by SUSAN MANN
Oh, what a difference a year makes.
Just ask an Ontario apple grower.
Last year, the province’s apple growers lost 80 per cent of their crop when spring frost killed most blossoms that were out a month earlier than normal.
This year, expectations are for a fairly full crop, says Brian Gilroy, the chair of Ontario Apple Growers.
But growing conditions are still challenging in some places, says Gilroy, who grows apples near Meaford.
There have been a number of incidences of frost and cold weather across the province.
“I’ve had reports from far southwestern Ontario that there is damage,” he says. “Frost fans have done the job this year but last year they didn’t in the same locations.”
Gilroy says this year there was an extremely full bloom in most locations. “All we need is about is about six per cent of that full bloom to have a full crop.”
But there are a few areas that have also sustained significant losses this year due to frost, such as some orchards in the Ottawa area and north of Lake Ontario. For some farmers, it will be the second straight year of major crop losses, Gilroy says.
In the Apple Growers 2012 annual report last year’s harvest was estimated as of Nov. 19, 2012 to be 63 million pounds. That’s down 82.5 per cent from 2011’s crop total of 361 million pounds. (The 2011 crop was up about 20 per cent compared to the 2010 crop).
In tender fruit, Phil Tregunno, chair of the Ontario Tender Fruit Producers’ Marketing Board, says blossoms were out later this year compared to last year when summer-like weather in March pushed growth. That was followed by frost in April last year, which wiped out some tender fruit crops, such as cherries, and seriously hurt others, such as pears. Peaches were down about 30 per cent but it was one of the crops that got through better than others.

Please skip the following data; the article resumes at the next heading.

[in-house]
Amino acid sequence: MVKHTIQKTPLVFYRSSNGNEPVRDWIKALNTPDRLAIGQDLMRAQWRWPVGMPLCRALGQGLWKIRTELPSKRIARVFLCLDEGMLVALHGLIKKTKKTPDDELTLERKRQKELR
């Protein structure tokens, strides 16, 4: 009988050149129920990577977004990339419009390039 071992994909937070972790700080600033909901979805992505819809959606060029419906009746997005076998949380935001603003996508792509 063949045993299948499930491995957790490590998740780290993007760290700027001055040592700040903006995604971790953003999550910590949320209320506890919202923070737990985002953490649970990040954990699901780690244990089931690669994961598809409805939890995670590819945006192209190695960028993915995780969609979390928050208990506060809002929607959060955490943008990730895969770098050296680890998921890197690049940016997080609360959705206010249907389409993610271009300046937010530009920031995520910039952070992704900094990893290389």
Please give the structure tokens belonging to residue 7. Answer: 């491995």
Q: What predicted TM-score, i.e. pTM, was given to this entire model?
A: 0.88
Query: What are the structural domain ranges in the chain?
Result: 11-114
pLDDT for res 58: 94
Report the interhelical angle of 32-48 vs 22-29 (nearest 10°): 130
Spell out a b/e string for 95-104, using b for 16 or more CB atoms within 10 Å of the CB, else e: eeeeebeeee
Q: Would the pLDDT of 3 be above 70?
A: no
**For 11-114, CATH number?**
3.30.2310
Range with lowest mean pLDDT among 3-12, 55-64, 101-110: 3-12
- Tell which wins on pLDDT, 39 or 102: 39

While there have been some cool nights this year, “we haven’t had any frost damage or anything of any sort so far,” he says.
“This year, we’re right back to normal.”
Last year’s frost didn’t permanently damage fruit trees, he says. “If anything, when you have an event like that the trees get a year’s rest and they’re even stronger going into the next year.”
Another major weather story last year was the drought and its effect on pastures and hay. Joel Bagg, Ontario Ministry of Agriculture and Food forage specialist, says there were other factors affecting forages as well. They included pest pressure from armyworm, alfalfa weevil and potato leafhopper and farmers having to do fall cuttings, which creates stress on the stands.
In the Ottawa Valley, there was fairly severe winterkill of alfalfa caused by the drought and the other factors. “All these stresses add up,” he says.
Historically, farmers save a fair amount of forage from one year to the next, but with a reduction in acreage “over a period of time those carryover inventories have gotten tighter and tighter and there’s really not much to fall back on in a bad year,” he says.
From the 2006 to the 2011 Census, Ontario lost three-quarters of a million acres of forage ground, half a million acres of hay ground and a quarter of a million acres of pasture to corn and soybeans, Bagg says.
“There seems to be a lot more concern about having adequate forage to feed livestock,” he says.
One of the hardest hit areas for drought last year was Renfrew County. Sheep farmer Dave Mackay says while last year at this time they didn’t know they had a drought yet, this year there was lots of snow in the winter and they had some big rains in the spring, “so I think there’s water in the ground now.”
Mackay says he’s planning to cut hay next week and it’s looking pretty good. He normally grows about 80 aces of hay and 30 acres of pasture. BF